Archive for February, 2010


National Geographic Channel’s Earth Day Run

In celebration of Earth Day’s 40th Anniversary, National Geographic Channel is excited to announce its very first NatGeo Earth Day Run on April 18, 2010 at the SM Mall of Asia.  This fun run is open to all interested runners who are willing to participate in the 3K, 5K and 10K races.

Proceeds will go to building sustainable eco villages to withstand environmental disasters like last year’s Ondoy flooding and to support a global competition to rebuild climate resilient communities designed for a greener environment.

Through this event, NatGeo aims to promote Earth Day and its global mission to inspire people to care about the planet.

Help save the environment.  Join the NatGeo Earth Day Run!

For more details, please call Agatep Associates, Inc. at 635-9355-60 and look for Glaiza Porneso (loc 160); fax: 635-0516.

You may also register online at


BDM Test Run 2: Recon

February 21, 2010 together with some fellow BDM participants we returned to Mariveles, Bataan to continue where we left off from our last test run.  Most of the group weren’t able to join the previous test run so we started at +Km00.

Single-file as stated in the rules 🙂

Bataan Economic Zone

On the way to the base of the mountain

The start of the steep ascent (with one of our support vehicles)

Right: Km 3 BDM marker

Common sign around this area

There’s also this one

Still climbing

To BR: Sir could we request that you ease the rule about staying on the left side of the road, particularly between Km 4 to 6?

It is much more dangerous to stay on the left side from Km 4 to Km 6 as these were the steepest part of the route, there are no areas for pedestrians, there’s a deep ditch, and it has a lot of blind curves.  It was very dangerous during daylight, what more during night time?

Close calls

For everyone

We initially planned to run just the first 7K of the route but due to good weather we extended it further until +Km10.  Cramming for mileage?

Downhill after +Km7

From +Km10 we headed off to +Km50 to take some pictures, and after a brief stay went on our way towards +Km87, the final 15K of the BDM route.  We decided to run this final leg to give us some idea and feel of the route.  But before we got there a lot of unexpected twists greeted us.

Group shot at +Km50, courtesy Jet Paiso

Under Construction

Unexpectedly a lot of road works greeted us on our way to +Km87.  What’s alarming was that typical of Philippine construction sites there’s not much room for pedestrians as half of the road was being constructed and the remaining half for vehicles.  This was in +Km68 and +Km82.

To BR: Would the “keep left” rule remain even if there’s no space on the left?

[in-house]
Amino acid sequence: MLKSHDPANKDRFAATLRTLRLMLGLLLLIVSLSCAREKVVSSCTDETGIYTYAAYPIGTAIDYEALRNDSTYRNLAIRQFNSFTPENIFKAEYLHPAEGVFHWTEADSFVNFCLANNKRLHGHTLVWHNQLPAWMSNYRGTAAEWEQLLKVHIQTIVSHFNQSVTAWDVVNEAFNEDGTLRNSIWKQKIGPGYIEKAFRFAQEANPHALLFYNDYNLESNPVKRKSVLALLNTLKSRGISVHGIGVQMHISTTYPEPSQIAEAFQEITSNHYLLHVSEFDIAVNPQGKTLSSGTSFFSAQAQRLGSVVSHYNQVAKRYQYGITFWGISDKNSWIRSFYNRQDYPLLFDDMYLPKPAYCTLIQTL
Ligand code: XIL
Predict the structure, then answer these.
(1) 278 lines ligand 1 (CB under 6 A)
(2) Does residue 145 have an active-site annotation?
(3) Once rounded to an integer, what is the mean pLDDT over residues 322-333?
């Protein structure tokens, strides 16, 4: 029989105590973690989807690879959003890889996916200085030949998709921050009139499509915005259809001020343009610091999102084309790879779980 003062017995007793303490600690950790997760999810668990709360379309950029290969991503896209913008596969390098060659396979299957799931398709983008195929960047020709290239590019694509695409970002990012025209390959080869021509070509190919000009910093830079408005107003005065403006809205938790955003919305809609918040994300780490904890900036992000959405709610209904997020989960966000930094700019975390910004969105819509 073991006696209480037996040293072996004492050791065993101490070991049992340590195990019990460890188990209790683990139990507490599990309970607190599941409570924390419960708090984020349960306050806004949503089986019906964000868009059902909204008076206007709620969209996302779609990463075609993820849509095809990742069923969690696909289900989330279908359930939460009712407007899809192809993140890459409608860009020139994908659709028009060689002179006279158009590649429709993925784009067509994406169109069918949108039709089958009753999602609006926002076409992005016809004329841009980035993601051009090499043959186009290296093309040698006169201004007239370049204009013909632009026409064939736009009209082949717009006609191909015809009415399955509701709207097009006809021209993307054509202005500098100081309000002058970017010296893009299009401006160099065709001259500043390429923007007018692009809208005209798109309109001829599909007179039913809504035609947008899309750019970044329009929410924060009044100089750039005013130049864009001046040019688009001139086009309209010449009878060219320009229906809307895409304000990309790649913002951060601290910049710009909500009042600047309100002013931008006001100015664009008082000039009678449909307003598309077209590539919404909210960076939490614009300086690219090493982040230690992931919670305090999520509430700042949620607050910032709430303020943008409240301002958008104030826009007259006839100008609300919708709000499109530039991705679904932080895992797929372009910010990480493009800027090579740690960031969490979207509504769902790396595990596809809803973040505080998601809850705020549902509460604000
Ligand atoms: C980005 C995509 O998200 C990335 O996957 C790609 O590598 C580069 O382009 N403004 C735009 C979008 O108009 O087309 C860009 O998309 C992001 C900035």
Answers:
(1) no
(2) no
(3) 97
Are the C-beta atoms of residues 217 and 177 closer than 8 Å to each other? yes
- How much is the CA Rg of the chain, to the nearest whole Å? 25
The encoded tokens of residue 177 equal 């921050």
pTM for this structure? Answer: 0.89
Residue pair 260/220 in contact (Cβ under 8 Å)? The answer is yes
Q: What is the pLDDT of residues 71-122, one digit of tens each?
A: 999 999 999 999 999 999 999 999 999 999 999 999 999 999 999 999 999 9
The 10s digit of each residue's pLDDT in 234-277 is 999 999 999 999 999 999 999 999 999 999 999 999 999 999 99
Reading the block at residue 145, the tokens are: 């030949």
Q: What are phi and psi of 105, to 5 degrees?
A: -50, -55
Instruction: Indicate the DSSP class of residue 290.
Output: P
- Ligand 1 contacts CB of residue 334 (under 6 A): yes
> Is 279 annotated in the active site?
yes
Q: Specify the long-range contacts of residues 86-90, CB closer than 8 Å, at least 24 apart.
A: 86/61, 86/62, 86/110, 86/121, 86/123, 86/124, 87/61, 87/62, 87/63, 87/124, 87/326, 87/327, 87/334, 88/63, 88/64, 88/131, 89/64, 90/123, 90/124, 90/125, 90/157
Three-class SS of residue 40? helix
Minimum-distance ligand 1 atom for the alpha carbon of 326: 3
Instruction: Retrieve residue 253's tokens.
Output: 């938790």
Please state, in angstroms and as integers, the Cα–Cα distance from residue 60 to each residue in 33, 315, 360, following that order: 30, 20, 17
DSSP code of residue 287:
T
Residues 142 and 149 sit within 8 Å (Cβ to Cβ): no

Road works; taken from the back seat of our vehicle

More road works, +Km84

+Km87, still under construction

To summarize road works are in +Km68 followed by one before +Km82 all the way to +Km90.

Expect roads to be like this

Beyond 90

After managing the confusing roads at +Km90 it’s pretty much “easy” on the way to +Km101, in fact if it weren’t for the blazing sun and the shade-less road it would’ve been nice.  Finding +Km102 (San Fernando, Pampanga) gave us some interesting challenge and arriving there gave us some idea of what to expect on race day.  Hopefully during D-Day itself we arrive in a good condition as we were during this test run.

Former San Fernando Rail Station: the finish line for BDM102, the beginning of the ordeal for Death March prisoners, the end of lives for many.

Death March historical marker

Brief history from the historical marker: At this railroad station of San Fernando, the Filipino and American prisoners of war who had been marched all the way from Bataan to Pampanga, in one of the ghastliest forced marches in history, were loaded like cattle on boxcars where, because every compartment was packed to the limit, many suffocated or were crushed to death during the trip to Capas.

San Fernando Railway Station historical marker

Why so serious?

After everyone arrived and got settled it’s time for some group picture with the BDM +Km102 marker.

Presenting the Bataan Superbods! 😀

Of course you probably know by now that right after that shot we all “scrammed” towards the nearest restaurant for lunch!   It was already about 3PM so you have some idea how famished we were!  Ahhh, the ultra-life!

10 Class Video

If you’ve heard of a “class picture,” goes even further with its own “class video!”

For whatever the reason this video came about would be a “secret” for now.  Stay tuned to find out what it’s all about but I got a feeling that some of you may already know. 😀


I Survived Mount Pulag (Part 2)

Apparently I wasn’t the only one who needs to be thawed.  At around 3AM I was hearing voices in our camp and I’m hearing water was being boiled for coffee—just the thought of hot coffee in your tummy during this freezing setting is already heaven.  I was still reluctant to get outside for coffee, but I was more reluctant to go back to sleep!

Earlier on we had planned to wake up at around 4AM and climb at 4:30AM—we feared that because of fatigue we may not be able to wake up early.  Ironically it was too cold that we weren’t able to sleep well or woke up too early.  Only a few “warm bodies” weren’t glad of the turnout of events as their sleep was disturbed.  After a while, our group leader gave in and started checking who’s awake, and so started our day.